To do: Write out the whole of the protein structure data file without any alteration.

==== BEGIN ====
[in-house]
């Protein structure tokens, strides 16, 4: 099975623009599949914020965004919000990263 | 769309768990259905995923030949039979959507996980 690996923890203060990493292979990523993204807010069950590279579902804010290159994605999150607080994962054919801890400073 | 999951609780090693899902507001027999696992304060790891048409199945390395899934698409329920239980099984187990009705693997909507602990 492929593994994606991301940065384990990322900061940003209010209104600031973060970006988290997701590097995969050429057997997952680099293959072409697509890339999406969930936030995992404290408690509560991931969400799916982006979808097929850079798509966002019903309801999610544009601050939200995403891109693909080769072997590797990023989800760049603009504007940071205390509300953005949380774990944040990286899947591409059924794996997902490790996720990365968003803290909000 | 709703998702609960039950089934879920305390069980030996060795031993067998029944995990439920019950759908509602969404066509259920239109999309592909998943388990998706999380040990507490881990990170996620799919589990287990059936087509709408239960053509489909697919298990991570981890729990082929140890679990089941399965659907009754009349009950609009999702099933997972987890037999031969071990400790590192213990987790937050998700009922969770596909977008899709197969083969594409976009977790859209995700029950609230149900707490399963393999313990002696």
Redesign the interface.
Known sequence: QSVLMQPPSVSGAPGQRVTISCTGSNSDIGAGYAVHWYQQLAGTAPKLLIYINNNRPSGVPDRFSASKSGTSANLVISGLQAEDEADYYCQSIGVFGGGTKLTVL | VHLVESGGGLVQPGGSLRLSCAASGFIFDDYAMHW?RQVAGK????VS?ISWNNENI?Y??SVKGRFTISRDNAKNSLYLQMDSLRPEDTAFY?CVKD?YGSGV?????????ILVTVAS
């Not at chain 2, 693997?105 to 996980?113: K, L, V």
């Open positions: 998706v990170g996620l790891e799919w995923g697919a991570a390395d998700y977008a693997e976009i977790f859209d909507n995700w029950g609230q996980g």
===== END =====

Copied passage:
[in-house]
């Protein structure tokens, strides 16, 4: 099975623009599949914020965004919000990263 | 769309768990259905995923030949039979959507996980 690996923890203060990493292979990523993204807010069950590279579902804010290159994605999150607080994962054919801890400073 | 999951609780090693899902507001027999696992304060790891048409199945390395899934698409329920239980099984187990009705693997909507602990 492929593994994606991301940065384990990322900061940003209010209104600031973060970006988290997701590097995969050429057997997952680099293959072409697509890339999406969930936030995992404290408690509560991931969400799916982006979808097929850079798509966002019903309801999610544009601050939200995403891109693909080769072997590797990023989800760049603009504007940071205390509300953005949380774990944040990286899947591409059924794996997902490790996720990365968003803290909000 | 709703998702609960039950089934879920305390069980030996060795031993067998029944995990439920019950759908509602969404066509259920239109999309592909998943388990998706999380040990507490881990990170996620799919589990287990059936087509709408239960053509489909697919298990991570981890729990082929140890679990089941399965659907009754009349009950609009999702099933997972987890037999031969071990400790590192213990987790937050998700009922969770596909977008899709197969083969594409976009977790859209995700029950609230149900707490399963393999313990002696």
Redesign the interface.
Known sequence: QSVLMQPPSVSGAPGQRVTISCTGSNSDIGAGYAVHWYQQLAGTAPKLLIYINNNRPSGVPDRFSASKSGTSANLVISGLQAEDEADYYCQSIGVFGGGTKLTVL | VHLVESGGGLVQPGGSLRLSCAASGFIFDDYAMHW?RQVAGK????VS?ISWNNENI?Y??SVKGRFTISRDNAKNSLYLQMDSLRPEDTAFY?CVKD?YGSGV?????????ILVTVAS
């Not at chain 2, 693997?105 to 996980?113: K, L, V």
């Open positions: 998706v990170g996620l790891e799919w995923g697919a991570a390395d998700y977008a693997e976009i977790f859209d909507n995700w029950g609230q996980g």